I must, therefore, assure you that although I have resided in four different societies, I am not in the business of packing my bags and emigrating for frivolous reasons or purposes. Deportation in the Canada Mr. Trudeau helped to shape substantially is not based on specious grounds. The legal basis to such an act must be very well founded. Mr. Trudeau and Dr. Fidel Alejandro Castro Ruz expressed enduring admiration for each other.

No Canadian authorities fuelled fantasies in conditionals about Mr. Trudeau's deportation to Cuba. It would be preposterous for any Canadian authority to consider deportation of citizens for exposing damning contradictions of democracy. On the basis of the Vyfhuis monstrosity, academic freedom would be clearly jeopardised; intellectual and administrative heirs to Mr. Trudeau would not emerge. That prospect is rather chilling.

Dare I say that Afghanistan was never a consideration for me. I have no desire to reside in a location which is being pummelled by "bunker busting bombs," Nor, for that matter, am I eager to entertain the consideration of living among forces created in the name of democracy, for the purpose of defeating the Soviets. That creation took place in the present day world and it did not emerge from "mistakes."

Like the intellectuals noted above, I am using the reflective reality of investigative routes to identify inferiorisation which has been deliberately unleashed by the racists named in my earlier letter. I challenge you, Mr. Vyfhuis, to provide credible evidence which supports your claim that these tormentors had not acted with definitive purposes.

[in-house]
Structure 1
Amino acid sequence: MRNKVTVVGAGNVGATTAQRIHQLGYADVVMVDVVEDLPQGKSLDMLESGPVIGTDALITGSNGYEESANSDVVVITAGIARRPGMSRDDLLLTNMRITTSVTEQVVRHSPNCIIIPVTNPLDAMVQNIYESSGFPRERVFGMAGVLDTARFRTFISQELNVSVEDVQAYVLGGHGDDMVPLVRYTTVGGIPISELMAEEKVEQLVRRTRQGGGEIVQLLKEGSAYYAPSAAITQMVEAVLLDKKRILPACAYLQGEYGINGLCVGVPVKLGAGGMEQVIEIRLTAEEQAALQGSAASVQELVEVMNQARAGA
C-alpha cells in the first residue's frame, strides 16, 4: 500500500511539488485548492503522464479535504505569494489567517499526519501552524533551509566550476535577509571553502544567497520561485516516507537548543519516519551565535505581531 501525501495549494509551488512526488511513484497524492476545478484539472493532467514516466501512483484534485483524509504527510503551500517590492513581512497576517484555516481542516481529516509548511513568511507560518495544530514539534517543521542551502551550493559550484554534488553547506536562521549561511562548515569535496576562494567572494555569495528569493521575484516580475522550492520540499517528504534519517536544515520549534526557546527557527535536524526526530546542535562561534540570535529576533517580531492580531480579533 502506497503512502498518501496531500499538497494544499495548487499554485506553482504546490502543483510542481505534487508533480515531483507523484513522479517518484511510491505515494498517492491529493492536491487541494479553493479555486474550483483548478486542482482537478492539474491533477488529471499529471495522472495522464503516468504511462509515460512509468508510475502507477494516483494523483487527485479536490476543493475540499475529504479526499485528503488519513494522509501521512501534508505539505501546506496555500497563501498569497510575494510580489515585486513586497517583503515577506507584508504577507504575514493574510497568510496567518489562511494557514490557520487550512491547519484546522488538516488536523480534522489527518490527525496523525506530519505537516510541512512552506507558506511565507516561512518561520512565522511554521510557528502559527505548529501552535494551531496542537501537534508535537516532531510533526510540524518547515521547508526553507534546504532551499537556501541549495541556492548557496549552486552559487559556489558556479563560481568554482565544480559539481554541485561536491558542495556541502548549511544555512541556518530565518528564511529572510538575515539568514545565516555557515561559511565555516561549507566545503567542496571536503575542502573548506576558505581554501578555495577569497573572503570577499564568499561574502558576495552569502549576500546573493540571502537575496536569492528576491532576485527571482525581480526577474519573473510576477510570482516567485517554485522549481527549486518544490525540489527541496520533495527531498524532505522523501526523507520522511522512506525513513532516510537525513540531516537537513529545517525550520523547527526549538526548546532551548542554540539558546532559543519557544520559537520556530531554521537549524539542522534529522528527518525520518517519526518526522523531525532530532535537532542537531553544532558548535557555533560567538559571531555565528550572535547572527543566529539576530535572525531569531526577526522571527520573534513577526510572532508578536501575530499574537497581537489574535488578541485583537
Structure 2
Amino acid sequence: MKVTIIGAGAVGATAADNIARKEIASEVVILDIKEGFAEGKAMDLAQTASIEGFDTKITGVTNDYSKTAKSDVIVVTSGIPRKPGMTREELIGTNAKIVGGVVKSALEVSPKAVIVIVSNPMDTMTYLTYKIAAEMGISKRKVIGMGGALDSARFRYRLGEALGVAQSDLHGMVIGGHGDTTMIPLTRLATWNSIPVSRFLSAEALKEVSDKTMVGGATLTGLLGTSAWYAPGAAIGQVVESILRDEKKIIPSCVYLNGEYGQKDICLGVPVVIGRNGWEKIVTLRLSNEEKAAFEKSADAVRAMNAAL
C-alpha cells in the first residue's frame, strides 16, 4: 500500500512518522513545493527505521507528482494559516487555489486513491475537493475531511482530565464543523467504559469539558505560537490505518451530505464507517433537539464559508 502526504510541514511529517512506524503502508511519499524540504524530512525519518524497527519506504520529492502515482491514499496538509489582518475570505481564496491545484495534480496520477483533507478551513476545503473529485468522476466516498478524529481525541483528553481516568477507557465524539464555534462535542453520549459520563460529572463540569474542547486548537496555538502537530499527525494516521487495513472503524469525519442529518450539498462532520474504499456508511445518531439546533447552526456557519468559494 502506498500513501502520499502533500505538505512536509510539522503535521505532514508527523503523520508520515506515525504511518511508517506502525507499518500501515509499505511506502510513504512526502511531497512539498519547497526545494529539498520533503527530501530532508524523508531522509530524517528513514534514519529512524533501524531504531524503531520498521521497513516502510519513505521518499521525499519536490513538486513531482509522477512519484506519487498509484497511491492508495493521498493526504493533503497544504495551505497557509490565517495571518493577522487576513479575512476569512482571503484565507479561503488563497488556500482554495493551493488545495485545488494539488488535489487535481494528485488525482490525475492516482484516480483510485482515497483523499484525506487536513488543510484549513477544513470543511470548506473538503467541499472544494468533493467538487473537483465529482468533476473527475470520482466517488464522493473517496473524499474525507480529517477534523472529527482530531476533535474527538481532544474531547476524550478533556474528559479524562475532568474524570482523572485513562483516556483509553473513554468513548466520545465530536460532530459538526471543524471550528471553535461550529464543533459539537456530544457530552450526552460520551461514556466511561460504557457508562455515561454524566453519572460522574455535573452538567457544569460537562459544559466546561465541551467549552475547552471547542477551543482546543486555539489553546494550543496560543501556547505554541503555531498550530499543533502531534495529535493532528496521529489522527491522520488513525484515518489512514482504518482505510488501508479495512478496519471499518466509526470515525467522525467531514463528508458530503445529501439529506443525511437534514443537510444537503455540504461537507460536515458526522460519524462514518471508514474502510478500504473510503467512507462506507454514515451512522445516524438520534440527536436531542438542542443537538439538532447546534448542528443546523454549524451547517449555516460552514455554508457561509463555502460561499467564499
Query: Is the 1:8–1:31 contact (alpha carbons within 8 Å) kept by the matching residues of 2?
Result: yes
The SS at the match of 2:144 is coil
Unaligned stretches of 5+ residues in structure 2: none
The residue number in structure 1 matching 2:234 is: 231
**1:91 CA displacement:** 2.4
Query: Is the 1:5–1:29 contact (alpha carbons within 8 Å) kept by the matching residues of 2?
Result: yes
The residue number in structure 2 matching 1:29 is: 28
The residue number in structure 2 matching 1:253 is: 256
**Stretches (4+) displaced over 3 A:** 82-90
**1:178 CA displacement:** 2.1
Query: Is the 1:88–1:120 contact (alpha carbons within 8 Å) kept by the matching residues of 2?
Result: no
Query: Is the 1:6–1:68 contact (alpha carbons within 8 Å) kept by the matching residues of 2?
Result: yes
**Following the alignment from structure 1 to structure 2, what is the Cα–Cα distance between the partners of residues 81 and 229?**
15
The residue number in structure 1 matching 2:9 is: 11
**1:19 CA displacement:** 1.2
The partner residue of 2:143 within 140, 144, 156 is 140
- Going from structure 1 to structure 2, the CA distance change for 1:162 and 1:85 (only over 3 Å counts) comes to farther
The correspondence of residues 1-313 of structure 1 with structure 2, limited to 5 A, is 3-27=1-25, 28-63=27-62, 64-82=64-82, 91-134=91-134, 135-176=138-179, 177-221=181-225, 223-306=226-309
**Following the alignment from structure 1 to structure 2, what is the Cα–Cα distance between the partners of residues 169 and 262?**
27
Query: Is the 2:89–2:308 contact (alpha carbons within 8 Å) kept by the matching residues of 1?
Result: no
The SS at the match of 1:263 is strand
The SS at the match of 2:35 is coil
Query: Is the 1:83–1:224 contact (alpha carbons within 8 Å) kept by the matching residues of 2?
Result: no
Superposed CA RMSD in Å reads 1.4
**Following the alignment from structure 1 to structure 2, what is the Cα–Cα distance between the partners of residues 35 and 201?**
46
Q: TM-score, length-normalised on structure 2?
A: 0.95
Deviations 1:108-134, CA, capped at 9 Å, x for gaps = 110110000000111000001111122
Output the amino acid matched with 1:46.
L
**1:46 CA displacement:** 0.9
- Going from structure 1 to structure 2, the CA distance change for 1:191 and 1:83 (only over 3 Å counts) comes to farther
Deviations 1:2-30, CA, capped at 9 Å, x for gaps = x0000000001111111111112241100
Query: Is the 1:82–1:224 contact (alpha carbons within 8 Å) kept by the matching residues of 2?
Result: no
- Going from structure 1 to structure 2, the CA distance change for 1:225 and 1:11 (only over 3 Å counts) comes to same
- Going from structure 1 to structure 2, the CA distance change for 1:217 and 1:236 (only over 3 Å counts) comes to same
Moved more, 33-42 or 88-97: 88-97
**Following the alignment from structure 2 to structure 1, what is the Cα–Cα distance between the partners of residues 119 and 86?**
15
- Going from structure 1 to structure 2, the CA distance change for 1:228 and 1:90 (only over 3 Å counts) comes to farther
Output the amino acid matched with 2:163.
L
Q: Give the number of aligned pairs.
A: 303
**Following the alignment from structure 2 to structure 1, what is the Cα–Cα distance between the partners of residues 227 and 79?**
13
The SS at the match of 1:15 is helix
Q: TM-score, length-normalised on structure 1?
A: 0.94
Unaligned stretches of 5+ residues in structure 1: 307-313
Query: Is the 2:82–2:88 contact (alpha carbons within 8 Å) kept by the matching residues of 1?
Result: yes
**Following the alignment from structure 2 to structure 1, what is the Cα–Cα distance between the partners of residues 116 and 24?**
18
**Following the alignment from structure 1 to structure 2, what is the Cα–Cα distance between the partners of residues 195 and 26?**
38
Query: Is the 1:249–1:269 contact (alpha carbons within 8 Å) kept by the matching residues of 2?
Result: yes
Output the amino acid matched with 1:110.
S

Mr. Vyfhuis, I have no strong feelings about Osama bin Laden. You should, however, be aware that his earlier presence in Afghanistan was hailed by Messers Milt Bearden, Robert Oakley, as well as Dr. Brzezinski. At the time, none of them saw his cause as "psychopathic." I presume that your use of this term is derived from literature on clinical psychology or psychiatry. What proof do you have of this type of behaviour?

I caution you, against imputations. If you are using these disciplines to advance your claim, you should be aware that the controversies among different therapeutic schools and diagnostic procedures have ruined the lives of patients. My pronouncement, here, is applicable to many more than those included in the spectrum extending from Sigmund Freud to Hans Eysenck.

I want to close by recording some verse I penned in 1990 while I travelled along a mighty river plied by the Iroquois. I wish to encapsulate the culture of resistance of a people who understood how they could apply their inventive genius in the face of cultural imperialism. I echo the sounds of those struggles as one way of locating



There is no bawl below the mace, no haul atop the pace, no knoll within the race, no Gaul beyond the face where ruddy moans attire the loss. We saw no pane without the fee, no reign above the sea, no height along the lane, no might between the mane, where cheated pawns recline with rites.

There is no light about the fear, no sight amid the seer, no heel astride the feat, no seal around the heat, whose parted weights forsake the blaze. We raid no lure inside the pride, no moor within the tribe, no caul before the mail, no wall below the sale, where brazen barons afford the din.

There is no berth around the rand, no firth behind the sand, no herd beneath the fore, no word beside the lore, where muted stands acclaim the shore. We hide no hasty hues among the tonal woes, no rented routes to tide the leaden floes, no silent sentries beneath the victor's veils, where headless haze annuls the howling hordes.

Dr. William H. Walcott. F.R.S.A.
Ontario, Canada.